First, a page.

Know Before You Go: Considerations For Investing In The Right Elevator Service Provider
For building owners and developers, one of the most important tasks on a long list of responsibilities is to make sure that people have working elevators that get them to their destinations quickly and safely. This means staying up to date with maintenance and addressing repairs in a timely manner.
How the job gets done and how much it will cost, however, may depend on whether the building has proprietary or nonproprietary elevator equipment installed. Because the manufacturer typically owns and services proprietary equipment, it may set the cost of maintenance and repair through a contract. On the other hand, if a building has nonproprietary, or generic equipment it can call any independent company to get the job done.
Donald Gelestino, a 36-year veteran of the elevator industry and a member of the National Association of Elevator Contractors, said building owners should know what financial obligations they may have under their maintenance provider. Gelestino, who is also the president and CEO of Champion Elevator, a New York- and New Jersey-based elevator service provider, said that while the installation cost for proprietary equipment may be low, building owners are often tied down by years-long contracts, during which the costs of maintenance could vary widely.
“The original equipment manufacturers usually give a one-year free period of service, and when the owner is using the free service, it’s like a honeymoon period,” Gelestino said. “However, after that period is up, if the owner is not happy or if there are price increases, they could already be locked into the contract.”
Gelestino said that owners should instead look into switching to an independently run company that uses nonproprietary equipment.
Champion Elevator, a nonproprietary company, provides monthly maintenance for its 5,000 elevator units throughout New York, New Jersey and Connecticut as well as Philadelphia. In addition to maintenance and repairs, the company handles all aspects of elevator testing and inspection, violation removals and code compliance.
One benefit of going with a nonproprietary company, he said, is that many do not force owners to be locked into contractual obligations. Therefore, if one nonproprietary company does repairs and something goes wrong, another company can be called to fix the mistake.
“If one of my competitors did a job in the past and they’re no longer on the job, I could just go in and get a part from that manufacturer without any problem,” Gelestino said.
Gelestino said that unlike with a proprietary maintenance service provider, which typically does in-person maintenance checks once per quarter and monitors the elevator remotely, a reputable nonproprietary service provider will perform scheduled maintenance once a month.
“Proprietary service providers monitor elevators remotely, so as to minimize the need to send techs to the actual location, which in turn saves the company money," Gelestino said. "The system is sold as a means of being able to check elevators so the company can determine when they need to go in. However, there is a need to check the elevators in person instead of just monitoring them from afar."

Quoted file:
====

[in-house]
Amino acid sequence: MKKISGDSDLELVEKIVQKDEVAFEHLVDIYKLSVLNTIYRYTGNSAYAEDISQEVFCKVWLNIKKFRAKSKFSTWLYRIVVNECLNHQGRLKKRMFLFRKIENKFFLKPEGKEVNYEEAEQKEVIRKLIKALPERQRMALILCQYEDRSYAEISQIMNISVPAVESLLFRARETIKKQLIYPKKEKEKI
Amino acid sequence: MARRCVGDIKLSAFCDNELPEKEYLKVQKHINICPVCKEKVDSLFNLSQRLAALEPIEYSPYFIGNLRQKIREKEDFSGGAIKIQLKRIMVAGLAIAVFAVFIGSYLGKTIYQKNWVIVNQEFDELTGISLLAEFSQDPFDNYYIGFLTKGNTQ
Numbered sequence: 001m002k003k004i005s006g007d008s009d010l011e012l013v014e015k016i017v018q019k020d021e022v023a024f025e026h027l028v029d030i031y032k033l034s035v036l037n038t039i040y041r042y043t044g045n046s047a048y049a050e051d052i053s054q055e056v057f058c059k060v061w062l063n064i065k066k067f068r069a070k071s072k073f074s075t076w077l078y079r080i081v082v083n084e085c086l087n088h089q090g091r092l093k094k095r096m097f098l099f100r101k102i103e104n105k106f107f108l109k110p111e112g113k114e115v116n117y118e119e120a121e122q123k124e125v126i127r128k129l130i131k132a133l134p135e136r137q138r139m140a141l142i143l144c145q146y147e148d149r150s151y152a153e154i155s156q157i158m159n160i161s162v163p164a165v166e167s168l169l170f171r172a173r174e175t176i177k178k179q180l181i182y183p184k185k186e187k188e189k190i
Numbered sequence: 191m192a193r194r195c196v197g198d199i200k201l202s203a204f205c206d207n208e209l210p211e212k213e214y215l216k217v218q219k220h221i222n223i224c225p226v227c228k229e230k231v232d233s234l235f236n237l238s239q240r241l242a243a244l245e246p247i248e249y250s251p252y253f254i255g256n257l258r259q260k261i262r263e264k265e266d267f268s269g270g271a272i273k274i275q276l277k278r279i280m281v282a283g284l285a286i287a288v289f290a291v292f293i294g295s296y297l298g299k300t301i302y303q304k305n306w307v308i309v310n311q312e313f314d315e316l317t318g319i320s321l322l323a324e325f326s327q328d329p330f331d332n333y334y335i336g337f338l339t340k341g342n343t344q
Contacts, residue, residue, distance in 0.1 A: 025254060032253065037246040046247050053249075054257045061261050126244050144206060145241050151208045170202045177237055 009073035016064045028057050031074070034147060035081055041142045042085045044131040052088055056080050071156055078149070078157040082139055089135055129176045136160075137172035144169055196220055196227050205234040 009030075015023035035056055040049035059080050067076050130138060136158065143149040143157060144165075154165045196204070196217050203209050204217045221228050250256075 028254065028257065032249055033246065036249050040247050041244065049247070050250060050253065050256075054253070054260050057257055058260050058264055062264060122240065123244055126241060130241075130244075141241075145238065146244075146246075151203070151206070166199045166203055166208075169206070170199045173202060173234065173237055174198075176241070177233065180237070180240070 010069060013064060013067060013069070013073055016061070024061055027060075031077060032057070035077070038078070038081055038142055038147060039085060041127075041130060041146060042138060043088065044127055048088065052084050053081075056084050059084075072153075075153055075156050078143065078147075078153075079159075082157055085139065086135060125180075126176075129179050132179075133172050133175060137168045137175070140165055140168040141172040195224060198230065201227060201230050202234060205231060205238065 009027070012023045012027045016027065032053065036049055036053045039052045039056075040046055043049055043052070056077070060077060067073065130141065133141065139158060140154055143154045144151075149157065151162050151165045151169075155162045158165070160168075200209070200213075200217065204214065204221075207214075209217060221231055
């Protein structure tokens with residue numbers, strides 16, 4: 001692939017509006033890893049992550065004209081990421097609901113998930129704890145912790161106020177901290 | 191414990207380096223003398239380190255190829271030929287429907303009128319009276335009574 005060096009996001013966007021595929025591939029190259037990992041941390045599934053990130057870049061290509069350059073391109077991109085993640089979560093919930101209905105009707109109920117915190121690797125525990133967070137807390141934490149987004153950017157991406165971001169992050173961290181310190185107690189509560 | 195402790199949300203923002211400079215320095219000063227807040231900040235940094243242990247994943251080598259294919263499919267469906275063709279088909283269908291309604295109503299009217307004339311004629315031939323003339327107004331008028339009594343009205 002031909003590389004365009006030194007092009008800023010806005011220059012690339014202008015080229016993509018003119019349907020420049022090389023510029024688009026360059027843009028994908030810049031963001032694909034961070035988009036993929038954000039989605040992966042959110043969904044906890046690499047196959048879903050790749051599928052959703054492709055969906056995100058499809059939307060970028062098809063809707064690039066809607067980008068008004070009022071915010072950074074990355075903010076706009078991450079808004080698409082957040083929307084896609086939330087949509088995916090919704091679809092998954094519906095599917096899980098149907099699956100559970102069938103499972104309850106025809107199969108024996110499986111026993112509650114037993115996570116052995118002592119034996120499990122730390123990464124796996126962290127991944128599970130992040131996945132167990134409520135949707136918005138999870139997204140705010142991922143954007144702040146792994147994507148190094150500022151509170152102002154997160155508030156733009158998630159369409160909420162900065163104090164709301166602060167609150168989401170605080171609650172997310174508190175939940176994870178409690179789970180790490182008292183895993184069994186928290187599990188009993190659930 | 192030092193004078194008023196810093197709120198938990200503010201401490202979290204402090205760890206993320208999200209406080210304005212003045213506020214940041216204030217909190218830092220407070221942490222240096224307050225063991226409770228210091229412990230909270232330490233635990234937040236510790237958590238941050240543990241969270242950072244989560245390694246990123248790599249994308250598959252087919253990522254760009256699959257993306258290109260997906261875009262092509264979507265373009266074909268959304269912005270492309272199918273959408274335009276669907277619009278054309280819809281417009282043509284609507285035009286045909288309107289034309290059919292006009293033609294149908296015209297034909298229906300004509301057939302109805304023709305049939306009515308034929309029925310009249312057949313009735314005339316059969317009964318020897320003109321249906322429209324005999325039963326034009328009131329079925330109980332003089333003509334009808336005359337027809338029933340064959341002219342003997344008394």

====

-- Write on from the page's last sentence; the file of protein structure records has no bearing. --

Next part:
As an example, he said, a remote system may indicate when an elevator reaches 1,000 runs, it’s time to check the oil, but in reality, there could be field conditions and contaminants that would require checking the oil in person much sooner. Waiting too long means potentially dealing with a very expensive repair.
Gelestino added that for Champion Elevator, being in contact with the building employees on a monthly basis helps his team stay up to date on any issues. If these small daily issues go unnoticed for a long period of time, the elevator can fail, or its shaft can snap, which can lead to costly repairs.
“The reality is that the more in sync the building engineers and technicians are with things that are going on, the better the equipment can be maintained,” Gelestino said.
To choose the right nonproprietary service provider, he said, building owners should do their research to ensure they are making the most of their investment. One thing to find out from the start is how many elevators the company can service and ensure it has enough manpower and capability to take on the job.
“If a company says, ‘Yeah, I have 10 guys,’ it sounds like they could cover your building, but also consider what regions they are located in and how many other elevators the company is servicing,” Gelestino said. “You have to find out information such as how many elevators each mechanic services on their route, how many similar brands and types of elevators and equipment the company services and the response time for shutdowns and entrapments.”
During construction or major renovations, he said an owner should advocate for their building and communicate with architects, engineers and consultants to ensure that the building installs nonproprietary equipment.
“The reality is that building owners and developers are becoming smarter and more educated about the issues of using proprietary equipment,” Gelestino said. “By going with a nonproprietary company, an owner can ensure they’re getting good installation and subsequently good service."
This article was produced in collaboration between Champion Elevator and Studio B. Bisnow news staff was not involved in the production of this content.
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